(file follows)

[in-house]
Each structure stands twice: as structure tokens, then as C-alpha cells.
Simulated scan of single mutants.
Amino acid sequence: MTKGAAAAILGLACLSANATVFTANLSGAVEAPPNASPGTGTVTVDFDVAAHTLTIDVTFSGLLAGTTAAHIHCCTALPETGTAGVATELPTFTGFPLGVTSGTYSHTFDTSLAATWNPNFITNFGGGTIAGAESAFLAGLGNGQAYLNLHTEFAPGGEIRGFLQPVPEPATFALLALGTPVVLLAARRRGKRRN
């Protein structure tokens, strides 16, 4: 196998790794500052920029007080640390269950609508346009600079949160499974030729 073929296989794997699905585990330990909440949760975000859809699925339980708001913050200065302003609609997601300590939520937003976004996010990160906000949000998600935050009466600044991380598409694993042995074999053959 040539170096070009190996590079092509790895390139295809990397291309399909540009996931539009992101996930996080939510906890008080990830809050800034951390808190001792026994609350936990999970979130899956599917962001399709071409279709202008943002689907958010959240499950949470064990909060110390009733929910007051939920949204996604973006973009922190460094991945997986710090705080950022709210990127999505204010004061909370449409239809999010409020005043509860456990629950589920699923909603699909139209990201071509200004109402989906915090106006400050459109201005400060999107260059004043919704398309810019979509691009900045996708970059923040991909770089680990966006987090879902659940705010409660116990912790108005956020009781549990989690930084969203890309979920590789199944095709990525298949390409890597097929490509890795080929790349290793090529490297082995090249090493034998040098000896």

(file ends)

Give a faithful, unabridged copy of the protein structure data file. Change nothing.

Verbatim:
[in-house]
Each structure stands twice: as structure tokens, then as C-alpha cells.
Simulated scan of single mutants.
Amino acid sequence: MTKGAAAAILGLACLSANATVFTANLSGAVEAPPNASPGTGTVTVDFDVAAHTLTIDVTFSGLLAGTTAAHIHCCTALPETGTAGVATELPTFTGFPLGVTSGTYSHTFDTSLAATWNPNFITNFGGGTIAGAESAFLAGLGNGQAYLNLHTEFAPGGEIRGFLQPVPEPATFALLALGTPVVLLAARRRGKRRN
């Protein structure tokens, strides 16, 4: 196998790794500052920029007080640390269950609508346009600079949160499974030729 073929296989794997699905585990330990909440949760975000859809699925339980708001913050200065302003609609997601300590939520937003976004996010990160906000949000998600935050009466600044991380598409694993042995074999053959 040539170096070009190996590079092509790895390139295809990397291309399909540009996931539009992101996930996080939510906890008080990830809050800034951390808190001792026994609350936990999970979130899956599917962001399709071409279709202008943002689907958010959240499950949470064990909060110390009733929910007051939920949204996604973006973009922190460094991945997986710090705080950022709210990127999505204010004061909370449409239809999010409020005043509860456990629950589920699923909603699909139209990201071509200004109402989906915090106006400050459109201005400060999107260059004043919704398309810019979509691009900045996708970059923040991909770089680990966006987090879902659940705010409660116990912790108005956020009781549990989690930084969203890309979920590789199944095709990525298949390409890597097929490509890795080929790349290793090529490297082995090249090493034998040098000896």